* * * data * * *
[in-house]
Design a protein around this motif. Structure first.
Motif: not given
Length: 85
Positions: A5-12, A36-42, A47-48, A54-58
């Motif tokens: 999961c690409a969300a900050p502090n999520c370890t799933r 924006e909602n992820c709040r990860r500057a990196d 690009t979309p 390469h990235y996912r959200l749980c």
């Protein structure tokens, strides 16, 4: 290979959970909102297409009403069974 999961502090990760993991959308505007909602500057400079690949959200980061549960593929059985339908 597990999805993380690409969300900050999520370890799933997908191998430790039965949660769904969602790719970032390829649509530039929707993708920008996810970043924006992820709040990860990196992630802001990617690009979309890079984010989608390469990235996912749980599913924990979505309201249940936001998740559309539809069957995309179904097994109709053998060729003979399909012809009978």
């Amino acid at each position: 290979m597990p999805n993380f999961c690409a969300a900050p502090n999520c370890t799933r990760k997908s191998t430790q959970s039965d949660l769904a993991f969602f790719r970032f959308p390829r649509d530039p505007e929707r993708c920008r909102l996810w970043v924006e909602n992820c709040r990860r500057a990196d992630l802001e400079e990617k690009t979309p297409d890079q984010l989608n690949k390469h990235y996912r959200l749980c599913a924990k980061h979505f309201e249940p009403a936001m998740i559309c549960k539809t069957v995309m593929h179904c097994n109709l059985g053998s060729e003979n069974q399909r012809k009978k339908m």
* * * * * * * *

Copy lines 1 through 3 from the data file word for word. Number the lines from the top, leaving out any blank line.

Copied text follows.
[in-house]
Design a protein around this motif. Structure first.
Motif: not given